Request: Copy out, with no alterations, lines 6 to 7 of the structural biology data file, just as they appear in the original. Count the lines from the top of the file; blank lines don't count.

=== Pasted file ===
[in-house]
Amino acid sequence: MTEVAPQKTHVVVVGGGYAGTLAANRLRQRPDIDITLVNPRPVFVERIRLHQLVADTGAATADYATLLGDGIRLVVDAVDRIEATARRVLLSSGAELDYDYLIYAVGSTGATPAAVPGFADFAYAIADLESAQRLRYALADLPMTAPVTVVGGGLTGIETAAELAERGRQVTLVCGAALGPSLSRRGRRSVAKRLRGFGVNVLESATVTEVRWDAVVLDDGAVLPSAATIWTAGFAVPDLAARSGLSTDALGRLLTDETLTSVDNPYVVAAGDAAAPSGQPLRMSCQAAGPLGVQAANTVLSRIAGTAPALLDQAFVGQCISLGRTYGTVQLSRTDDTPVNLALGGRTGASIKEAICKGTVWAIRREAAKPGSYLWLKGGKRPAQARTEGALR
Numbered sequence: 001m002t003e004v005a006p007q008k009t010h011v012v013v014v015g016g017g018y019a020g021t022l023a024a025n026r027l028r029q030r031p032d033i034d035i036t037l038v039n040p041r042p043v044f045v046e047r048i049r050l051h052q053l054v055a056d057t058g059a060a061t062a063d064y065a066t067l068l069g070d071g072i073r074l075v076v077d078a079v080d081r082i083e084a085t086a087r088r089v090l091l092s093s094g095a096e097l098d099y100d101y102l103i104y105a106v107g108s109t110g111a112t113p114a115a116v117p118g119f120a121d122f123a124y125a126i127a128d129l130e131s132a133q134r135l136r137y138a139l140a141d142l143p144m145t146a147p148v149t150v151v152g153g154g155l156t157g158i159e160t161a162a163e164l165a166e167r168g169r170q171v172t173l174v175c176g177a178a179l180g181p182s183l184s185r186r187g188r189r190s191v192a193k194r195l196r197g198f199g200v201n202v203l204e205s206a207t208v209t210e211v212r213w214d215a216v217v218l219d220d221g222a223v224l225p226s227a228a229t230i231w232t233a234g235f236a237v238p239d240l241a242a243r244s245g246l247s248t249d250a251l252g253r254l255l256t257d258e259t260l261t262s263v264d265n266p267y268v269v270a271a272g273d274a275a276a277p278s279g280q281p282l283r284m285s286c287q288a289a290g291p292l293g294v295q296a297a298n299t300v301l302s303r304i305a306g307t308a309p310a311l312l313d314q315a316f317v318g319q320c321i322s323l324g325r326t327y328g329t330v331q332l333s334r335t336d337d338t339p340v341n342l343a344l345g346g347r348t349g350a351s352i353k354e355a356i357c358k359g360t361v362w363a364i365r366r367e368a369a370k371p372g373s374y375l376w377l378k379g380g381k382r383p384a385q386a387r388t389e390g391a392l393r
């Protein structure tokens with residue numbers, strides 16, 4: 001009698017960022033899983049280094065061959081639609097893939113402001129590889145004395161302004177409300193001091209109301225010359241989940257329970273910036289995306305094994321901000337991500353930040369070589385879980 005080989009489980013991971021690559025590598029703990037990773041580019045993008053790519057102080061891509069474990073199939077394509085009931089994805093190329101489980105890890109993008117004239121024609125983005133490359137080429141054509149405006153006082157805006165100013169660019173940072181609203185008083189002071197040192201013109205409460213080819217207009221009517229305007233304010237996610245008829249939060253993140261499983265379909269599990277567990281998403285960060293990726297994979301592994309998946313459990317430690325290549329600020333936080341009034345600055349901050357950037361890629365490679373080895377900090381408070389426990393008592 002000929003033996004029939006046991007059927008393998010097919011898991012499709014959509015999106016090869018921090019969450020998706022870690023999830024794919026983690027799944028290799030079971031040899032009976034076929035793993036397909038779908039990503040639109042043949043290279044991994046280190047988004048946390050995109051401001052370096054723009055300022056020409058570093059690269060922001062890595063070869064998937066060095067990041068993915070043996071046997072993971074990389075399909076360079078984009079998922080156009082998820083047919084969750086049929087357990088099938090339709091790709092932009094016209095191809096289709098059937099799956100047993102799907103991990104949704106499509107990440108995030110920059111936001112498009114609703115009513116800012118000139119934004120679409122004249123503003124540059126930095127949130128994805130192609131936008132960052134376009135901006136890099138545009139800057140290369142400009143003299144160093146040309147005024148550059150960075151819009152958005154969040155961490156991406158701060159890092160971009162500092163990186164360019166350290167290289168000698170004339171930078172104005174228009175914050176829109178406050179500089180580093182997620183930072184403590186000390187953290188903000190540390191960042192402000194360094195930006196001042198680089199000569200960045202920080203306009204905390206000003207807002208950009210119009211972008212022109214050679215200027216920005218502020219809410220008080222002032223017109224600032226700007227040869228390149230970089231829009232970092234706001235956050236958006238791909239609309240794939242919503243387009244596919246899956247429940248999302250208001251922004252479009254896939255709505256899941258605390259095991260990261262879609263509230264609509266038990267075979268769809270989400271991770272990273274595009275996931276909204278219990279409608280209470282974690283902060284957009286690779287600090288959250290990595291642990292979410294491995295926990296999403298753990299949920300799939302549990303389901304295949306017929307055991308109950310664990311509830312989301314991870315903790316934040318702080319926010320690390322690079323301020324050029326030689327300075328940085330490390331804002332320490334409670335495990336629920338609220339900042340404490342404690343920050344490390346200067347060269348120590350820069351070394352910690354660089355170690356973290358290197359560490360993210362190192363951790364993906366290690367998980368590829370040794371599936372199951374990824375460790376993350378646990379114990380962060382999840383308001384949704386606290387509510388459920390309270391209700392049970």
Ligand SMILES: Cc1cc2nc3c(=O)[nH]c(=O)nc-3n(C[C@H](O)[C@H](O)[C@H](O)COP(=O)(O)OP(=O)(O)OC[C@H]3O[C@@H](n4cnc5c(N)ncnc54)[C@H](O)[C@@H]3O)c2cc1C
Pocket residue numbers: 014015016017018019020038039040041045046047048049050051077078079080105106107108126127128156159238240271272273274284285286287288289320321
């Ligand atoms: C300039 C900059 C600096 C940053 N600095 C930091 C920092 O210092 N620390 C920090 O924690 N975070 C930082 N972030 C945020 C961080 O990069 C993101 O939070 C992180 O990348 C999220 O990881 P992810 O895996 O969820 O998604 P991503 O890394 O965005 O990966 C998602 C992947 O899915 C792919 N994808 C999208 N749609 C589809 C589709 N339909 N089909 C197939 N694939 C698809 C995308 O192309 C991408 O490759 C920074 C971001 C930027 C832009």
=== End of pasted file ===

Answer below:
Pocket residue numbers: 014015016017018019020038039040041045046047048049050051077078079080105106107108126127128156159238240271272273274284285286287288289320321
């Ligand atoms: C300039 C900059 C600096 C940053 N600095 C930091 C920092 O210092 N620390 C920090 O924690 N975070 C930082 N972030 C945020 C961080 O990069 C993101 O939070 C992180 O990348 C999220 O990881 P992810 O895996 O969820 O998604 P991503 O890394 O965005 O990966 C998602 C992947 O899915 C792919 N994808 C999208 N749609 C589809 C589709 N339909 N089909 C197939 N694939 C698809 C995308 O192309 C991408 O490759 C920074 C971001 C930027 C832009």